Restorative justice, victims and the police

Authored by: Carolyn Hoyle

Handbook of Policing

Print publication date:  August  2008
Online publication date:  August  2012

Print ISBN: 9781843925002
eBook ISBN: 9780203118238
Adobe ISBN: 9781136308529

10.4324/9780203118238.ch29

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Abstract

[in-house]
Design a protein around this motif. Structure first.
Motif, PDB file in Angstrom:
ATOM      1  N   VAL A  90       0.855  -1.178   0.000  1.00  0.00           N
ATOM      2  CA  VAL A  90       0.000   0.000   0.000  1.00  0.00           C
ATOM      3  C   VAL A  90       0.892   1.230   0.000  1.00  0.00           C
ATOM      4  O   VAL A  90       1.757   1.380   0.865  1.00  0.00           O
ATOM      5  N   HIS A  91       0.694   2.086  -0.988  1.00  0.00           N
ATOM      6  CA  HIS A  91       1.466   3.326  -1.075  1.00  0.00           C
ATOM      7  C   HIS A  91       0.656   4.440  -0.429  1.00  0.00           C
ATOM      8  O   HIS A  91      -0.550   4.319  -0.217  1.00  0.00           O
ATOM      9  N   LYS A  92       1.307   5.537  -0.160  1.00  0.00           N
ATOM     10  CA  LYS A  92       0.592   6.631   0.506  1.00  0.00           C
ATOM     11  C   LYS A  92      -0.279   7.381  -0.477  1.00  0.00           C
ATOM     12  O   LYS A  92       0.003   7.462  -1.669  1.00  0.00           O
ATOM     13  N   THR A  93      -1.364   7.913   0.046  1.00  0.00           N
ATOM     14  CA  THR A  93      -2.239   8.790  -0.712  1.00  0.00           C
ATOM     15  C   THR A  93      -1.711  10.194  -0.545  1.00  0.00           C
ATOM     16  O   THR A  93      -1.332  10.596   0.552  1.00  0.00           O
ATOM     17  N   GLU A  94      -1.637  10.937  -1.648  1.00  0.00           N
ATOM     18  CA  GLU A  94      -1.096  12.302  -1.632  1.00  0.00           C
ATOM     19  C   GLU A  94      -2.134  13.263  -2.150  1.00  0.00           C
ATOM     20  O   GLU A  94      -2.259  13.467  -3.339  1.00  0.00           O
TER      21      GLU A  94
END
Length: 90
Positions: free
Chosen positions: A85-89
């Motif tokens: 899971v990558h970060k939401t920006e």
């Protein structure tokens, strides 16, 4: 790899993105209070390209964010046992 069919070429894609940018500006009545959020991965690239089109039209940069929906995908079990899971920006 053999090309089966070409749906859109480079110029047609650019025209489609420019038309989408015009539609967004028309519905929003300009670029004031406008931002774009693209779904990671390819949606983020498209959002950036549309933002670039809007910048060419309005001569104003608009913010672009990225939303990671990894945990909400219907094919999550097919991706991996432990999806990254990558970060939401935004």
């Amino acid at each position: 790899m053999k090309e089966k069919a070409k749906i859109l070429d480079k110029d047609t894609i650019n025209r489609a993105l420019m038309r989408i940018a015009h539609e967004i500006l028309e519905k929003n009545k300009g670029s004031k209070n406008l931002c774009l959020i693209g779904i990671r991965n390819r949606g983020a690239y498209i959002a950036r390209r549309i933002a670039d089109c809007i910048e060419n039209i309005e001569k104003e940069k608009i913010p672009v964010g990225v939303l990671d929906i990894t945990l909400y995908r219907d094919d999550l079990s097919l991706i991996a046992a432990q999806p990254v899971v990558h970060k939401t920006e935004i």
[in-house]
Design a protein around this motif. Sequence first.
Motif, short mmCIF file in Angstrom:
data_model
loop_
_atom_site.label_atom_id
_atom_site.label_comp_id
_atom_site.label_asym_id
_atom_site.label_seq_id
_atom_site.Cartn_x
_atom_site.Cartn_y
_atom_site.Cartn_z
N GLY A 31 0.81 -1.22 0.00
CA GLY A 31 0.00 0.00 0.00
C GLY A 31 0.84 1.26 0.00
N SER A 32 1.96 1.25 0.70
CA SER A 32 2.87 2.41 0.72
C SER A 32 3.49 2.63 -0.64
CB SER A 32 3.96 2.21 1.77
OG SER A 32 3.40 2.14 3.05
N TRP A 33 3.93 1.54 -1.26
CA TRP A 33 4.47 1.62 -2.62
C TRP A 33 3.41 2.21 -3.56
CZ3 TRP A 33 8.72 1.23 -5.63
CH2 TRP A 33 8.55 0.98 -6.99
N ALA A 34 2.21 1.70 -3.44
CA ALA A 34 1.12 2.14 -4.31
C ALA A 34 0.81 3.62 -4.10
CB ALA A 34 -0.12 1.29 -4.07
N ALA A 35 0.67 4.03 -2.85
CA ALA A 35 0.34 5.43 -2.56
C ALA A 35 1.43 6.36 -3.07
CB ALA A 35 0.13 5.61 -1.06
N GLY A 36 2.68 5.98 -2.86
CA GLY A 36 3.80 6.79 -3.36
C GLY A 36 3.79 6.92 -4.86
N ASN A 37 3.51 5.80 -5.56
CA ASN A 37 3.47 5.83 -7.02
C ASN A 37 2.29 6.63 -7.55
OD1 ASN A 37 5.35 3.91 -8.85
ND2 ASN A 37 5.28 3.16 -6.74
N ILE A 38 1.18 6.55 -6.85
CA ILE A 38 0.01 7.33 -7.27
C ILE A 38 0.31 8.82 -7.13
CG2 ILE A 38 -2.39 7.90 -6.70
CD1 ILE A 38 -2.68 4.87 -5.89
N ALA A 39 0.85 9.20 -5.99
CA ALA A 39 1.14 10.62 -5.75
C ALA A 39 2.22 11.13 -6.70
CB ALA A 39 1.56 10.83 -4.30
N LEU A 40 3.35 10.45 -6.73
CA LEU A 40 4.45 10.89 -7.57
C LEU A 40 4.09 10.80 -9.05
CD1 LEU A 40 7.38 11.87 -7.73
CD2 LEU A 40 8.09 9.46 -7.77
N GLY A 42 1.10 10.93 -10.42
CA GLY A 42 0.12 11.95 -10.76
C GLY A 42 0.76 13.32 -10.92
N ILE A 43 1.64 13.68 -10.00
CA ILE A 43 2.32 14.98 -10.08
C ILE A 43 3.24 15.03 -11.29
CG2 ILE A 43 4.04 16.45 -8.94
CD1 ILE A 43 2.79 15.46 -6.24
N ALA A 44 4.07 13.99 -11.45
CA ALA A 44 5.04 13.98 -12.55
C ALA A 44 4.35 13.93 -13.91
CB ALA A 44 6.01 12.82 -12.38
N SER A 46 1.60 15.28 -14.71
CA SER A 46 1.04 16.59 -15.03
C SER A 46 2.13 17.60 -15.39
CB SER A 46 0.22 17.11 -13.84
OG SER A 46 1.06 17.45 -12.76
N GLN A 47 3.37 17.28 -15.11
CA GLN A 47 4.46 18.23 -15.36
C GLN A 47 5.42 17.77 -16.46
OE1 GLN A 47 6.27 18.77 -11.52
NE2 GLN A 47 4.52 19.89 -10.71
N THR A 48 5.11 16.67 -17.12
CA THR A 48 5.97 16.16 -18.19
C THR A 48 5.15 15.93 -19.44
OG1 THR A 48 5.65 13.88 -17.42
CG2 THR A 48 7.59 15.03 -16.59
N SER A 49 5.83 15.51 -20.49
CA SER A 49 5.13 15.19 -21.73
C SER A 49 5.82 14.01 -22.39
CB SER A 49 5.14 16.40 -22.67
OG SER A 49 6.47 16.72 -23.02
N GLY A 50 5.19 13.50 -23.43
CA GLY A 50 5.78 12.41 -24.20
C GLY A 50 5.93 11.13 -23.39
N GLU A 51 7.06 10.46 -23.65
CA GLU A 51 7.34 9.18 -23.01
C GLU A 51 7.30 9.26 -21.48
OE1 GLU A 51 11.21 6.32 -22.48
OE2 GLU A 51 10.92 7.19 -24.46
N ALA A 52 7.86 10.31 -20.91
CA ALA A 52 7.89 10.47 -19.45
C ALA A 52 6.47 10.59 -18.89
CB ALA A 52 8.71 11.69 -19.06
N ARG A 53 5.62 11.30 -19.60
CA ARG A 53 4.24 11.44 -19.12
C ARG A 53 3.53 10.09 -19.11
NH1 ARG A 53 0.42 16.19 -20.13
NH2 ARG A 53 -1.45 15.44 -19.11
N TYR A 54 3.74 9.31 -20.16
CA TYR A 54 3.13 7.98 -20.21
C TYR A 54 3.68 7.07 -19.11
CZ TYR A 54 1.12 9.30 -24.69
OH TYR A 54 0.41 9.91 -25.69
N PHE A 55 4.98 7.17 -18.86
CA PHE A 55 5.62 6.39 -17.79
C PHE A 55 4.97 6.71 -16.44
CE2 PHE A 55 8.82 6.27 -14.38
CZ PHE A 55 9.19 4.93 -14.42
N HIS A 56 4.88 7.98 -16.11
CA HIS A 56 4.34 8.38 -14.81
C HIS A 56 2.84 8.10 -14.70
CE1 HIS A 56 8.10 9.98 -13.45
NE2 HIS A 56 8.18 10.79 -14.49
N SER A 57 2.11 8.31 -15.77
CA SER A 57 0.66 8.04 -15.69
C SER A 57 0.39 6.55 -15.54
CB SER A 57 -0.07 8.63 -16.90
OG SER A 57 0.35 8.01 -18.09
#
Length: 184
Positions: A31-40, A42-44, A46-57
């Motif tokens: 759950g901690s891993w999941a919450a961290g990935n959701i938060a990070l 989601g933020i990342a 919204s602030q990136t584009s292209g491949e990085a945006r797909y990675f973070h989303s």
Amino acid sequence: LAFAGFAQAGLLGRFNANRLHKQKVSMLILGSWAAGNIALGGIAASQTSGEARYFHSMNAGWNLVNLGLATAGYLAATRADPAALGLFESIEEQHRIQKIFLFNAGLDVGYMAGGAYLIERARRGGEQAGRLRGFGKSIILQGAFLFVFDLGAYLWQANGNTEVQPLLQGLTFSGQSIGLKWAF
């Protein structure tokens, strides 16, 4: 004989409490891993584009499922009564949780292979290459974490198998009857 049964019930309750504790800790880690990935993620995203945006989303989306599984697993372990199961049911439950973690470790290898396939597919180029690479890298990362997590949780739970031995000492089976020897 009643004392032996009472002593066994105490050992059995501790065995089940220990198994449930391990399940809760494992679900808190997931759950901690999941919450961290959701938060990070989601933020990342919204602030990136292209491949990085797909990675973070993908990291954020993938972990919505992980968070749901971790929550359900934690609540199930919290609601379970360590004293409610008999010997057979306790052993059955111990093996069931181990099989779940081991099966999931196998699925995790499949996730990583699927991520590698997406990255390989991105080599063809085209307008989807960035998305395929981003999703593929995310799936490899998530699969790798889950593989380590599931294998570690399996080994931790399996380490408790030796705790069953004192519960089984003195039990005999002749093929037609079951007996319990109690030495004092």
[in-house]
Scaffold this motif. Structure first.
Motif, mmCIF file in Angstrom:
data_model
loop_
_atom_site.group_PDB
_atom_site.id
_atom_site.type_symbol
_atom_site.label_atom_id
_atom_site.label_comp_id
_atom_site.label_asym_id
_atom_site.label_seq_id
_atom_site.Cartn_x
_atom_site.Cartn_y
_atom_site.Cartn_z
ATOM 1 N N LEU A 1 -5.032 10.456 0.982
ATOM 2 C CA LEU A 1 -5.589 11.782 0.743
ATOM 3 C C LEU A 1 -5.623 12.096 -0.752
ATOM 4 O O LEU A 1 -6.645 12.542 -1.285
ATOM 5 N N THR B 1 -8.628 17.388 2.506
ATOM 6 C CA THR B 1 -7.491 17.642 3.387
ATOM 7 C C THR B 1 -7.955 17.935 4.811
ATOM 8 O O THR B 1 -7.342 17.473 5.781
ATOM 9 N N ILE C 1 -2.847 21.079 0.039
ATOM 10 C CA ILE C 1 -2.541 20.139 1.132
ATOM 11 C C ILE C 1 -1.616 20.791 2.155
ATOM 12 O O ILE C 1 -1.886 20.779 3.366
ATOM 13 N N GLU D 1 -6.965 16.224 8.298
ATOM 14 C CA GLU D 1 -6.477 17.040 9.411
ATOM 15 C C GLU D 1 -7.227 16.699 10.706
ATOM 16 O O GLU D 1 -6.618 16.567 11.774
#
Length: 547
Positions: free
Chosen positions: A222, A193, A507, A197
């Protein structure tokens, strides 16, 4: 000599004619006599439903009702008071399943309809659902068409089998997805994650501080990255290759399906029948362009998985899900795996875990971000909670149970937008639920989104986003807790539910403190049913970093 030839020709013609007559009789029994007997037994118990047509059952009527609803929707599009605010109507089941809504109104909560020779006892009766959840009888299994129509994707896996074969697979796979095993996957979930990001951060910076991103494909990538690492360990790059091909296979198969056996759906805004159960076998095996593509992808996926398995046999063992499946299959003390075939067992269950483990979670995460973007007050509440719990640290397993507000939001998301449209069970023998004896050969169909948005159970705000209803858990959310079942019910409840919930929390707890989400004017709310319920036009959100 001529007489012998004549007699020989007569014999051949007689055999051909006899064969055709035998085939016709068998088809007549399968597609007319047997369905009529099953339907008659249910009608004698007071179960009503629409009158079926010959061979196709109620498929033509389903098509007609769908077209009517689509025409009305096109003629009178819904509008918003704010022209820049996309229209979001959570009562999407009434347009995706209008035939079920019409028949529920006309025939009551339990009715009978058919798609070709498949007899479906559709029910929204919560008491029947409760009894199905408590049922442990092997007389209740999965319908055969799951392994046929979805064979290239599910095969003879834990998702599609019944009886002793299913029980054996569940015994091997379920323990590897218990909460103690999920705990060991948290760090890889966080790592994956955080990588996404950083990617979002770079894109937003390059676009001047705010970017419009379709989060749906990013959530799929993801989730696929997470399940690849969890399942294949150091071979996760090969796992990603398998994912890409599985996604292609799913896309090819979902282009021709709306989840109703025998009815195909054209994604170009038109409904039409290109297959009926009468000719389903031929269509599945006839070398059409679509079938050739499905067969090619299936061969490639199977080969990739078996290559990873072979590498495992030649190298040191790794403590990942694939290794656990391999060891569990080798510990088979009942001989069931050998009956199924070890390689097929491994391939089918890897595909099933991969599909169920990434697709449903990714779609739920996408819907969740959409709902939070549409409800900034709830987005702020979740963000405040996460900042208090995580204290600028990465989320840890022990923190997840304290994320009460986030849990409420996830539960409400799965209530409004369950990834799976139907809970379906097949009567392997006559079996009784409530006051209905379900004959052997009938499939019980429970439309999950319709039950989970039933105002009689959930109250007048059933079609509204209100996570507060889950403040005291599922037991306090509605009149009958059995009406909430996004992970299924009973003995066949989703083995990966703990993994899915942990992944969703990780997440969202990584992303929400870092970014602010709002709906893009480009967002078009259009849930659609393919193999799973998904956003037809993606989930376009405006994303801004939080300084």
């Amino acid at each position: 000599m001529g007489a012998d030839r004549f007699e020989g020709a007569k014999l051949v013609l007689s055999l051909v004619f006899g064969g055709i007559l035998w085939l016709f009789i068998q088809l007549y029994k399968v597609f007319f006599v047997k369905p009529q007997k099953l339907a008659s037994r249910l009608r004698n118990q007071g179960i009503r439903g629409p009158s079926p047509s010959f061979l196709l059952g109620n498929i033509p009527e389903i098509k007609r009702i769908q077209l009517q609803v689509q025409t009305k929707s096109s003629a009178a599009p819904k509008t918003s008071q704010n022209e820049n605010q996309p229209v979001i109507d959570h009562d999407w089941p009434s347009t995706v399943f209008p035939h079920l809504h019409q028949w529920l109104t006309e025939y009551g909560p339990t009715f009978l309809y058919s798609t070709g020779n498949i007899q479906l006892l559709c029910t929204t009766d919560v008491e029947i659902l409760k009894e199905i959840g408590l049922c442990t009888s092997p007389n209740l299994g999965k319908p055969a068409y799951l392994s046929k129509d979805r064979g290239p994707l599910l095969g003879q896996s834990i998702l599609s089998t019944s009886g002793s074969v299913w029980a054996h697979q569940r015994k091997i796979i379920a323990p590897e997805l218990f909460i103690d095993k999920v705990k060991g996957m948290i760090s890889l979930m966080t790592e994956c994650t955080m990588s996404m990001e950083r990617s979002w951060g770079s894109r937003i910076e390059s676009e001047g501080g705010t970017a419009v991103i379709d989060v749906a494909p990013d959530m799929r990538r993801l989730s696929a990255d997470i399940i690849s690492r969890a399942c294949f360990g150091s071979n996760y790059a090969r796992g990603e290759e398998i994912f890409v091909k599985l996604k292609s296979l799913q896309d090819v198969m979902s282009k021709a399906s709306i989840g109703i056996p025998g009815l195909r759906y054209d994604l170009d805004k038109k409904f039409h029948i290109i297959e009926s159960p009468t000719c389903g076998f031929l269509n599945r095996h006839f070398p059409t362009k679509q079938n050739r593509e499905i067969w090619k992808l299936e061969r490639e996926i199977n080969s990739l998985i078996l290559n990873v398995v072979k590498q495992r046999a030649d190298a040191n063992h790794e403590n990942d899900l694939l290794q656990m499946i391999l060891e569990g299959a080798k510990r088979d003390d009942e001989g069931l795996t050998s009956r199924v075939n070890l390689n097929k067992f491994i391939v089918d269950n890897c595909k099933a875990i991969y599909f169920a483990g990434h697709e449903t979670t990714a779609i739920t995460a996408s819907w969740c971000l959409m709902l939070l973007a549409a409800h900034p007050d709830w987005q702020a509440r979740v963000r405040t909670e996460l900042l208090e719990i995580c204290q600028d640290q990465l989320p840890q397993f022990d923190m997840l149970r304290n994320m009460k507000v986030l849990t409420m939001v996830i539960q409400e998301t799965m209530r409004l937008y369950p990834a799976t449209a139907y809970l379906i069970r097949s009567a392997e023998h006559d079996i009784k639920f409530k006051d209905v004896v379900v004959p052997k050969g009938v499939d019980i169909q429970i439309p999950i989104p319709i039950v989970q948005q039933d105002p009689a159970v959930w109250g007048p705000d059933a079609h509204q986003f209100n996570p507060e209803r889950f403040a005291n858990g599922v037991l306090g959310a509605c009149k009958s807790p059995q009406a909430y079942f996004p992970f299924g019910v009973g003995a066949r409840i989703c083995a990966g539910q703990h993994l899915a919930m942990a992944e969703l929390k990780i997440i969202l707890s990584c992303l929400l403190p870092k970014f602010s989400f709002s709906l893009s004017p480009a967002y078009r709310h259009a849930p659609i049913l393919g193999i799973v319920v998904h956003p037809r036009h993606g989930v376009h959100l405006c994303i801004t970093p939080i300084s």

This chapter explores the ways in which the police in the UK use the principles of restorative justice (henceforth RJ) in their encounters with victims and offenders, adult and juvenile. It considers attempts to transform police cautioning practices into ‘restorative cautioning’, and the more recent introduction of restorative measures in the youth justice system, in schools, and ‘conditional cautions’ for adults. It compares the dialogic nature of these initiatives with the unidirectional nature of other schemes that share some of the goals of RJ, such as victim impact statements and information and support services to victims. Drawing on empirical research conducted by my colleagues and myself from the mid-1990s through to the early 2000s, 1 and on interviews with both Thames police officers and staff from the Oxfordshire Youth Offending Service, 2 it argues that such restorative measures have, in certain times and places, brought the police into a new set of relations with victims. Having considered these changed relations, and the potential of RJ to enhance victims’ experiences of the criminal justice system, this chapter argues that there are practical and philosophical objections to the police involvement in RJ, and that these, at least in part, explain why there seems to be less restorative activity in UK policing in 2008 than there was at the start of the twenty-first century. It concludes by suggesting that if restorative processes are to become securely entrenched within the criminal justice system, the way forward must lie with the creation of a specialist and highly trained RJ service.

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